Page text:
Of course, simply lowering labor costs won't save United. You're also still flying too many planes on too many unprofitable routes. Even with the 6% reduction you have planned for next month, your operations need further trimming. You'll want to keep United's hubs and international routes--they're your crown jewels. But you should move quickly to retire more of those costly-to-fly big planes and turn over some routes to partners flying regional jets. And while I'm sure it's hard to admit rivals may be doing a better job, you should also copy the "rolling hub" experiment American Airlines Inc. (AMR ) is trying. By spreading flights out over a day instead of bunching them together at hours consumers prefer, you would get more hours out of your planes and flight crews. While you're at it, you should also try American's current test of reducing last-minute business fares to drive traffic.

What about those pesky low-fare encroachers like Southwest? To blunt their challenge, you'll need to resurrect UAL's low-cost shuttle subsidiary. Flying point-to-point with one aircraft type, à la Southwest and JetBlue Airways Corp. (JBLU ), is the way to go there. The strategy worked against Southwest in California in the 1990s--till the unions saddled the shuttle with their burdensome work rules.

And let's get real about one thing: You need to dump UAL's employee stock-ownership plan, which gave workers equity control of the carrier and special powers on its board of directors. Creditors or potential outside investors, who could include alliance partner Singapore Airlines or investment firms such as David Bonderman's Texas Pacific Group, will probably be the ones in control if UAL comes out of bankruptcy.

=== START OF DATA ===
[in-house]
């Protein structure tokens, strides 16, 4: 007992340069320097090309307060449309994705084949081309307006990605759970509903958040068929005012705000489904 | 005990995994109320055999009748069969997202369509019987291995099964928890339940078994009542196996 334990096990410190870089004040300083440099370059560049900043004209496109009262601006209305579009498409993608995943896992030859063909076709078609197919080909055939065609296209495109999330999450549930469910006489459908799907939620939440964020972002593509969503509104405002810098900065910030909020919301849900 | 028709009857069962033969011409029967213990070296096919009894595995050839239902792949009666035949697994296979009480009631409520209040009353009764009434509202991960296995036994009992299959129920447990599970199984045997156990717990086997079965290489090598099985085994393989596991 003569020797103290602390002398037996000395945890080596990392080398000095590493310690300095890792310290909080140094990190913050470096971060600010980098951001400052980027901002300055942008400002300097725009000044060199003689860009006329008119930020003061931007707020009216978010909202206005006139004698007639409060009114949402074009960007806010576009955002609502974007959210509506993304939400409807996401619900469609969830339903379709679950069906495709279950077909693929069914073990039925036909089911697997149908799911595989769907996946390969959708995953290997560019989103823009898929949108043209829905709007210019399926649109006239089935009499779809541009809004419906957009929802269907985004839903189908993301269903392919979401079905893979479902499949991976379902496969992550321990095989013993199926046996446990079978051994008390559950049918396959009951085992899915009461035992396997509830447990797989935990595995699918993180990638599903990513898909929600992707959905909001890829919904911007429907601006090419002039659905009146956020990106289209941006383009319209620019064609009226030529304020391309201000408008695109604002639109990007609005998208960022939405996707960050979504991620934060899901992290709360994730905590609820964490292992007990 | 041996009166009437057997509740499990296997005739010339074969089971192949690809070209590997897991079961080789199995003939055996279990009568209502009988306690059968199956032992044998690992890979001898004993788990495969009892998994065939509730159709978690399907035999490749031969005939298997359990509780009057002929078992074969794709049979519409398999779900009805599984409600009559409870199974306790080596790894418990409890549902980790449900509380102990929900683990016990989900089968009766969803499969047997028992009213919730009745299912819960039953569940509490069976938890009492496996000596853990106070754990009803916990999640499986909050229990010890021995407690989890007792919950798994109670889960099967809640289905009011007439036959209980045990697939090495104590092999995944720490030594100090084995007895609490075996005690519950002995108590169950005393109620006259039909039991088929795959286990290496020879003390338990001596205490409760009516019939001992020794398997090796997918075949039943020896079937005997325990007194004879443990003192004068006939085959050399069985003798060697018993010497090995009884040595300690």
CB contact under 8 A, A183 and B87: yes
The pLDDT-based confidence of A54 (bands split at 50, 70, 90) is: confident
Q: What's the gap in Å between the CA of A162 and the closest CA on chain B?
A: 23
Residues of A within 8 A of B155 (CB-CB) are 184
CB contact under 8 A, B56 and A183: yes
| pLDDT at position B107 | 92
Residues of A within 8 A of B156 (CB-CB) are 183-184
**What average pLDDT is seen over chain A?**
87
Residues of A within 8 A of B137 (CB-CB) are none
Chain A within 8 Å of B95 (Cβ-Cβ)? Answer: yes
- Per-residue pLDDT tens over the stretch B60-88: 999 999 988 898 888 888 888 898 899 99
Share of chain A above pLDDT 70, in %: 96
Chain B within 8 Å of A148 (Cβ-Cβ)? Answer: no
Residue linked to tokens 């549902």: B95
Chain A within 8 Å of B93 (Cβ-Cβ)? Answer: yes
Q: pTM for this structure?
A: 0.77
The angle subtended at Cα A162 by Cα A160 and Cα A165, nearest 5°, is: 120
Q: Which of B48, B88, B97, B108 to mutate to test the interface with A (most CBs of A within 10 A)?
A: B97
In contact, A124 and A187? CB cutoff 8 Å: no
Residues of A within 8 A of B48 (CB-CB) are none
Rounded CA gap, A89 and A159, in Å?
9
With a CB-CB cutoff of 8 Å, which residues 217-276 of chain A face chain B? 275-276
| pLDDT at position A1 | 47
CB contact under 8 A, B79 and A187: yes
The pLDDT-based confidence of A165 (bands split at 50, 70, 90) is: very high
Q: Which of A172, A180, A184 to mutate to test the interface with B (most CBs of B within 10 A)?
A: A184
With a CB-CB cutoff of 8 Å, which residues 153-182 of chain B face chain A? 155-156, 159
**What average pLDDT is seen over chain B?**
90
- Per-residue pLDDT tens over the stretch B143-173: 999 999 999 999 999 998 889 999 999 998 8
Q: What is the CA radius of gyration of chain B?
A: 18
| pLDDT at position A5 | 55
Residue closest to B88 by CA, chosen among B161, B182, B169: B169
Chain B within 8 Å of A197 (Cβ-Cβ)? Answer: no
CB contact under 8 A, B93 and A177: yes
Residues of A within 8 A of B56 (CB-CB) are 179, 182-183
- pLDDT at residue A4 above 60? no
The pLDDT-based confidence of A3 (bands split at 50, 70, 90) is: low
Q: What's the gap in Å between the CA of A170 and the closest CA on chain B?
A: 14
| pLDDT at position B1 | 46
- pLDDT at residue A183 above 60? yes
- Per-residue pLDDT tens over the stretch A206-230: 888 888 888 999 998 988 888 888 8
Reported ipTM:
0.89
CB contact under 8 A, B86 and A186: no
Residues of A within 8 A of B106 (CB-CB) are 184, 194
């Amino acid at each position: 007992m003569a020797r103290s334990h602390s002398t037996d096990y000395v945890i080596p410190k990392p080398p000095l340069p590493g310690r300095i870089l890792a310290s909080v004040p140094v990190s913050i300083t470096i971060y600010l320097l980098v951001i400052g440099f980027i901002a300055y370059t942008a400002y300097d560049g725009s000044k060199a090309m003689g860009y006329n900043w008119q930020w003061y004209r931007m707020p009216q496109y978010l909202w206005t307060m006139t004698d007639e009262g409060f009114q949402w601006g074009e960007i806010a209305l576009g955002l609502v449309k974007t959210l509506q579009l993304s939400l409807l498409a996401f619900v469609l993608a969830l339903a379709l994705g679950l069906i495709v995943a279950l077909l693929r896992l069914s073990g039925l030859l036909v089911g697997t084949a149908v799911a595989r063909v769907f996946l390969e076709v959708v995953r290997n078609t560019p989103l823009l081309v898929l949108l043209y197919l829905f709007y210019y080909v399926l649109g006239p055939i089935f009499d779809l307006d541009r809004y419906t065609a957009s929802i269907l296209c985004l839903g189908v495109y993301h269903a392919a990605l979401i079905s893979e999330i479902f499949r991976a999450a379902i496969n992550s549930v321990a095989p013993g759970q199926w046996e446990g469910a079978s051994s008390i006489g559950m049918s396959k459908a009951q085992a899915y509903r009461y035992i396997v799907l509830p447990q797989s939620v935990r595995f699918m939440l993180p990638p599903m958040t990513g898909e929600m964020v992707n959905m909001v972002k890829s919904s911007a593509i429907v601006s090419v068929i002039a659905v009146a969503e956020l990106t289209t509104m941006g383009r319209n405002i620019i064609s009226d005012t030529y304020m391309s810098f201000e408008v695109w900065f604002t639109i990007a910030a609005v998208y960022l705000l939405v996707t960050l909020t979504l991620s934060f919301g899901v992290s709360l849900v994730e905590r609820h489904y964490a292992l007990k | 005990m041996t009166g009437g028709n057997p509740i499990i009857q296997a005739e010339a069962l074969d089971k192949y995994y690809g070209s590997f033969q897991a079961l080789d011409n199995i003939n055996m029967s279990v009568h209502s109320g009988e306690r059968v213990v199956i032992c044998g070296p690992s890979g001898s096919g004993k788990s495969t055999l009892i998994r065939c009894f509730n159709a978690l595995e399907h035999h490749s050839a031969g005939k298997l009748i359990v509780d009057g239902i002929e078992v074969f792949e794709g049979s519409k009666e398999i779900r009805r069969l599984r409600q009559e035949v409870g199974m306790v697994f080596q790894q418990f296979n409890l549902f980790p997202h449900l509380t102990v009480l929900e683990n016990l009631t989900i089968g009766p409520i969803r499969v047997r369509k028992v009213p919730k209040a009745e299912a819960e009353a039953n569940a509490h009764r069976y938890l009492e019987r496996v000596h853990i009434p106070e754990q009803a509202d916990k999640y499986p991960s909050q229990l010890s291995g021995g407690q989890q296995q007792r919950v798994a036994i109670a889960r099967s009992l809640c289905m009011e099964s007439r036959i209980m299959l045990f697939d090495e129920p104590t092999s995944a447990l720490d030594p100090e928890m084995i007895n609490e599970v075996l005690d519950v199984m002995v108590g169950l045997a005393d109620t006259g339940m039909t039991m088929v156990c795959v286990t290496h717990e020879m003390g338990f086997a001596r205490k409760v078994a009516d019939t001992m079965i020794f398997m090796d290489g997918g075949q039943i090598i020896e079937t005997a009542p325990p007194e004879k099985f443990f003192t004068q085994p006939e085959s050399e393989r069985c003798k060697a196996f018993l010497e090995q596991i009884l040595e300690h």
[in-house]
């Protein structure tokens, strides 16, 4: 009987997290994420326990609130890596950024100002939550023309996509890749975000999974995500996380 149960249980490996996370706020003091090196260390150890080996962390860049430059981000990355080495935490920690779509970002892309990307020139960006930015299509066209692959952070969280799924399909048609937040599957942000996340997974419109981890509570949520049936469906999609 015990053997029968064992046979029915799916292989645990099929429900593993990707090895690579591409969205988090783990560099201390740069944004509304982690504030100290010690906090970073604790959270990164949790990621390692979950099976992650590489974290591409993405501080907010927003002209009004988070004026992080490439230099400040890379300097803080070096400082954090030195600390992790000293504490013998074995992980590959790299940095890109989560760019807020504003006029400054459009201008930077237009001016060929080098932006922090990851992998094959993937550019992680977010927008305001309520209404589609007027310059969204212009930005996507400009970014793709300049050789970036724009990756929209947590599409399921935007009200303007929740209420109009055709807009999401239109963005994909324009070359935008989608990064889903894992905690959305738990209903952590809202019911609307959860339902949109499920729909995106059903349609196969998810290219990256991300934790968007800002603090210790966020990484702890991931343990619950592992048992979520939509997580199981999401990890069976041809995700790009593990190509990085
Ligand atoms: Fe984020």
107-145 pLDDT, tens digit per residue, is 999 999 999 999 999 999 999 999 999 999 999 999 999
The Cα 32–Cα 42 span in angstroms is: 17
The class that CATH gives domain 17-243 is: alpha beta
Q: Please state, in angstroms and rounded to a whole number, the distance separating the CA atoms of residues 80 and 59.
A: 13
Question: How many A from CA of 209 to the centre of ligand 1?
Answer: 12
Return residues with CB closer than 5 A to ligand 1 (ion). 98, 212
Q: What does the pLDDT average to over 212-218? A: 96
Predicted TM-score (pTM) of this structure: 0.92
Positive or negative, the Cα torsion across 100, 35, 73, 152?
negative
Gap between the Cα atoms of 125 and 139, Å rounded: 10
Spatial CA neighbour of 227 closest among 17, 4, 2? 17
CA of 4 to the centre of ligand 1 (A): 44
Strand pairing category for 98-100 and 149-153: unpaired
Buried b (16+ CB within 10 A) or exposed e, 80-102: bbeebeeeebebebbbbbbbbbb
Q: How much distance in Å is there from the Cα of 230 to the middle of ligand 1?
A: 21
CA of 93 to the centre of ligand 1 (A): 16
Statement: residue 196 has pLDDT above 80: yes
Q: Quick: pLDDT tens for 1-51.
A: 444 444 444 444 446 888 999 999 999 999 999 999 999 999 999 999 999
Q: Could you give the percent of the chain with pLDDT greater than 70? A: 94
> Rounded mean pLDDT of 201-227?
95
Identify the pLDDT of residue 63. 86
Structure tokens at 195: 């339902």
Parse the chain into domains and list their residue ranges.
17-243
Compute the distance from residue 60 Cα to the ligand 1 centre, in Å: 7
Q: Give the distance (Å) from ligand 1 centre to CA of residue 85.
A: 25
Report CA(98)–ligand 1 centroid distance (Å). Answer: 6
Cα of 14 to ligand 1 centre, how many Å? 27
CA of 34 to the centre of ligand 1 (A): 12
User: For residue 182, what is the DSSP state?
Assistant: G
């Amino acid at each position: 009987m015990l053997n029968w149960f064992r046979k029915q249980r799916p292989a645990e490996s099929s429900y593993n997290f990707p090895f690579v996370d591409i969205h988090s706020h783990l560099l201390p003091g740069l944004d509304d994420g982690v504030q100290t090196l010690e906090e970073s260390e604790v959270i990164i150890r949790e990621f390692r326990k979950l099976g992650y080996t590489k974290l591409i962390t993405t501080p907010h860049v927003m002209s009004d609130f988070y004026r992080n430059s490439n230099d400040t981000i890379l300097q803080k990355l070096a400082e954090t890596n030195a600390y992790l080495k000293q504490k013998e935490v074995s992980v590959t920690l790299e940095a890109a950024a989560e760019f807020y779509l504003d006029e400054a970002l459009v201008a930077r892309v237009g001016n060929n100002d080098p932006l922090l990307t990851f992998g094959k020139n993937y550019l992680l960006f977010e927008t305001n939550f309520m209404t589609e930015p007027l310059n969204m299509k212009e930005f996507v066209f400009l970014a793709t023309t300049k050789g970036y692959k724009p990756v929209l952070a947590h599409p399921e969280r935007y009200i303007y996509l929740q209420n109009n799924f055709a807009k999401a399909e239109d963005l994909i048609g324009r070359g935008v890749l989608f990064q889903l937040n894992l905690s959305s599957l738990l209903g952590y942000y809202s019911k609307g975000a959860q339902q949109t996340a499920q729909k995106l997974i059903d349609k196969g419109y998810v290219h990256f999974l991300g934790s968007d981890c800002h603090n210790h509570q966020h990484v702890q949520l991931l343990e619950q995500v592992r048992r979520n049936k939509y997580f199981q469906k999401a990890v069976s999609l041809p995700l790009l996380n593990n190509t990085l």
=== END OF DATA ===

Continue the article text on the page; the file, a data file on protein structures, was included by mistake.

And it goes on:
Obviously, none of this will be easy. Since the airline industry was deregulated in 1978, nearly 200 carriers have disappeared, including big guys like Eastern, Pan Am, and Trans World Airlines. Only one airline from the era of regulation, Continental, has survived bankruptcy. Why not take a lesson from its experience? The Houston carrier slashed labor expenses, but it didn't really succeed until management turned workers into allies by giving bonuses for such things as on-time performance. Continental kept its hub-and-spoke network, but it stopped trying to serve every market.

The next few months will determine your legacy. If you can get labor on board--without completely destroying morale--you'll have time to put together a new UAL that could beat your hub-and-spoke rivals and stymie the advance of low-fare airlines. But if you fail, UAL will fail. Creditors figure you've got till next spring to show big progress. If you go beyond that, they're likely to push for liquidation. So the pressure is on. Time to put down this magazine and get back to work.

Yours sincerely,

Michael Arndt,

with Wendy Zellner

    Before it's here, it's on the Bloomberg Terminal.